“I was recently diagnosed with ADHD,” or attention deficit hyperactivity disorder, says Allison Sanchez, a junior environmental studies major at Florida Gulf Coast University. She went to therapy and is working with the university to get accommodations, such as having extra time to do math class problems. To manage the stress of learning with a diagnosis of ADHD, she turns to the meditation and breathing feature on the app, among other features.
The app allows students to enter information privately and then choose to share that with counselors, reducing the time spent in the counseling office. That’s another benefit, says Matthew Morey, a 20-year-old graduate student who describes himself as shy. For some students, he knows, “it’s very dauting to go to psychological services at school and run into people you know.” He entered the university as a freshman at 16 and looked young for his age. “Walking into a classroom a couple minutes late, with everyone seated, would make me so self-conscious,” he says. Exposure therapy helped him come to terms with that, he says. But for students as shy as him, having the app to enter information privately is a plus, he says.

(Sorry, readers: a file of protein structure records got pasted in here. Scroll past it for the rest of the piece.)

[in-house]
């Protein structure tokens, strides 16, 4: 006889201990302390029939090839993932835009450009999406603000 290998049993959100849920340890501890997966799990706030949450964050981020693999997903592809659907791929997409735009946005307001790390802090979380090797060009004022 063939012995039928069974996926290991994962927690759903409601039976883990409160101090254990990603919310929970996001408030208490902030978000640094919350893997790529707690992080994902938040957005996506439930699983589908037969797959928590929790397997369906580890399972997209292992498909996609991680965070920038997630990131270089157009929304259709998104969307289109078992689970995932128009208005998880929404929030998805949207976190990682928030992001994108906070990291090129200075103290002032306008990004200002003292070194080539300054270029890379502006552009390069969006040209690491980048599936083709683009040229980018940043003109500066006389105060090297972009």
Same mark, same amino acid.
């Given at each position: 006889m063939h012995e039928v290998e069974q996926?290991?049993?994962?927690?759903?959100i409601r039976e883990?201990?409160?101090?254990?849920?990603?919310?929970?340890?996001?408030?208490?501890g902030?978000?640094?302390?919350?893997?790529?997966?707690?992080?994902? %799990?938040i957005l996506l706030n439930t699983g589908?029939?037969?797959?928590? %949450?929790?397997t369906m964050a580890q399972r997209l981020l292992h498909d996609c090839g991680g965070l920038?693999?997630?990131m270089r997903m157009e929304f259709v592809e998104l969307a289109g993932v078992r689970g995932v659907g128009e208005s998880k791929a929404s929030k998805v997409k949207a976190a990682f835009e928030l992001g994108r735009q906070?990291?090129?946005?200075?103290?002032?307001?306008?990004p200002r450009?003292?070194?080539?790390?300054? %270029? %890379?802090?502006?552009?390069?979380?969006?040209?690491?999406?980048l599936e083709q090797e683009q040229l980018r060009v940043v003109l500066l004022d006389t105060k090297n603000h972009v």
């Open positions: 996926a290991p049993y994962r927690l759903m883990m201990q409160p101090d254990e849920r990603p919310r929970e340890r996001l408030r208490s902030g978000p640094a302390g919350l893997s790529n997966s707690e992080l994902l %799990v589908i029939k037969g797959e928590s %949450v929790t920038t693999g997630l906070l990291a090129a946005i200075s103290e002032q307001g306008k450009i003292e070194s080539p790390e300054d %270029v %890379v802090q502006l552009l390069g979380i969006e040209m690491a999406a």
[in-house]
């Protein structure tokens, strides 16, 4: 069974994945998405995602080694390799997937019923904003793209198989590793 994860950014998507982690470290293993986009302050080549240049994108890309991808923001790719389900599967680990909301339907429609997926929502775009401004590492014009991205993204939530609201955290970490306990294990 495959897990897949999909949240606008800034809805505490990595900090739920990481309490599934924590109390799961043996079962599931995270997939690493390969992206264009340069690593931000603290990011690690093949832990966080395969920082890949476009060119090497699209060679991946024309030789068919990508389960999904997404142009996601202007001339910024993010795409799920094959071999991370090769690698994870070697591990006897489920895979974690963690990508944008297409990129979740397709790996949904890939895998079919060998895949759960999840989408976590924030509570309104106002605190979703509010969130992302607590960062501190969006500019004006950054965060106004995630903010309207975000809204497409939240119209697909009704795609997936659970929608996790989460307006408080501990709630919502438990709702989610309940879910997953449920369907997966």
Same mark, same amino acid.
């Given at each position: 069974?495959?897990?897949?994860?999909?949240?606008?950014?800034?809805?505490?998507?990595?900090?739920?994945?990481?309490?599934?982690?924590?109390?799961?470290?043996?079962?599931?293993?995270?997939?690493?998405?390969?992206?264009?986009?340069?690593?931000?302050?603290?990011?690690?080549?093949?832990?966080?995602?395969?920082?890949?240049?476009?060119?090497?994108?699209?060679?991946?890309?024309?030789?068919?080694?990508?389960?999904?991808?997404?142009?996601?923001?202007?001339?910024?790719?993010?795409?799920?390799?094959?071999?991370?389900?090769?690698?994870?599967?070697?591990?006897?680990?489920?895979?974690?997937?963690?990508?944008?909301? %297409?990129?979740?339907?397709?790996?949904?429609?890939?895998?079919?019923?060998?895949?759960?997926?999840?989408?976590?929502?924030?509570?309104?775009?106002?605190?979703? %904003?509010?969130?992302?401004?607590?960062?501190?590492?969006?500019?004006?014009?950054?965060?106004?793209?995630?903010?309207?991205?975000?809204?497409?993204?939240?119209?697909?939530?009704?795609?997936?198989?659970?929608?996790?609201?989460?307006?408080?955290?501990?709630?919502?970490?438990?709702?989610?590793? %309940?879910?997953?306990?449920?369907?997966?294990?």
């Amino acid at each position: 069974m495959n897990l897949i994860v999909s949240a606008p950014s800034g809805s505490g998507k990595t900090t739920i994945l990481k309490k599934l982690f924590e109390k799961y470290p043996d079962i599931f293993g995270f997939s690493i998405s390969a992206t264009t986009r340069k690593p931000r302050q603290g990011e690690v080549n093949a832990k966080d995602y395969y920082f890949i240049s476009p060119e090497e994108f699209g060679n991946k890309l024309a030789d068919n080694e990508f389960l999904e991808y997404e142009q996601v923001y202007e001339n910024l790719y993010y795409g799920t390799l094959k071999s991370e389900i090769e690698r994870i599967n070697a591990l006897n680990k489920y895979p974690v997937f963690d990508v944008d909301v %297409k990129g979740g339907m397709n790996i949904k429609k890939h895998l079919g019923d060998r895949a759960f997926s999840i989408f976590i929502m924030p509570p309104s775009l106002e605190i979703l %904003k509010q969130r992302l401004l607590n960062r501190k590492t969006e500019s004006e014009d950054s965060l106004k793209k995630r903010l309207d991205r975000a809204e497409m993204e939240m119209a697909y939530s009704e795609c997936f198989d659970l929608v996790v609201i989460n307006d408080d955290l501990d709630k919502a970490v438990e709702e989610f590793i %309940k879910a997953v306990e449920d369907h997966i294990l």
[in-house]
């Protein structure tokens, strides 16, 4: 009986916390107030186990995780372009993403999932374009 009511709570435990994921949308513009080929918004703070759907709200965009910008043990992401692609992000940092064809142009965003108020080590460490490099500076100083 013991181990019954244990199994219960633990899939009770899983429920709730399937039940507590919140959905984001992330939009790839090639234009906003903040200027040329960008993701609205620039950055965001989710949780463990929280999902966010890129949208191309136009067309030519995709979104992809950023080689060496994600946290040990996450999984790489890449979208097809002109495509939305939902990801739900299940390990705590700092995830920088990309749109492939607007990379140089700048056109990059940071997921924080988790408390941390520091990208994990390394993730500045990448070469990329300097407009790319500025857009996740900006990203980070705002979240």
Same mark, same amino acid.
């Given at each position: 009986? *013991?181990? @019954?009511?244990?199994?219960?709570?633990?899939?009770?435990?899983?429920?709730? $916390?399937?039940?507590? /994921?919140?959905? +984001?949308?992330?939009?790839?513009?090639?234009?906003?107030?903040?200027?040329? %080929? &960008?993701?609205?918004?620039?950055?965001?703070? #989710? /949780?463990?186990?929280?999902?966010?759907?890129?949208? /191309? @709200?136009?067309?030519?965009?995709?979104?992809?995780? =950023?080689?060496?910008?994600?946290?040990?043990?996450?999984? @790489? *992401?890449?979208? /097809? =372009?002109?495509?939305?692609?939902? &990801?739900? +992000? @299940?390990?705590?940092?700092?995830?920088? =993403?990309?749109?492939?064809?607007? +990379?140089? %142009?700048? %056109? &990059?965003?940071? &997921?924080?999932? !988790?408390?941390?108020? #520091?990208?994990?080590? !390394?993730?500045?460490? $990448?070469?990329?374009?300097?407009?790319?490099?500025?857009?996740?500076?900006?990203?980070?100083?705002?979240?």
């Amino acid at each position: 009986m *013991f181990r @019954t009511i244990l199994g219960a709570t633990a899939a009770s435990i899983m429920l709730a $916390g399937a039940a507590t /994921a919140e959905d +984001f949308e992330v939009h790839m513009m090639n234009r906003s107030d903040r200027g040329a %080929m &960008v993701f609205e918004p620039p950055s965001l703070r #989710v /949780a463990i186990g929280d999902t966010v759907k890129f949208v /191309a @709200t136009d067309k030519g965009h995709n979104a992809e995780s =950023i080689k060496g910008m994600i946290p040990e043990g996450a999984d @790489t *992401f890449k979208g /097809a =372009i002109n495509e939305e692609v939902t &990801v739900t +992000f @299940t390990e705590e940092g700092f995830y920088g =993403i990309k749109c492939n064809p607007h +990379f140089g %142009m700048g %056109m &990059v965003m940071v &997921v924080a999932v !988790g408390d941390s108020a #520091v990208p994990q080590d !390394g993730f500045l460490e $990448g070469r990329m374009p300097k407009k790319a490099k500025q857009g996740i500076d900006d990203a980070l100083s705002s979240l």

From Mentally Stressed to Flourishing
As dismal as some of her research findings are, Lipson tries not to forget the positives. Even though more than half of students are now coping with a mental health issue, and those who are flourishing have decreased some over time, over a third were flourishing in spring, 2021, her latest statistics show.
With more attention on correcting the inequities, efforts to enact system-wide changes, and doing it all with a sense of urgency, she is hopeful that more students will be flourishing soon.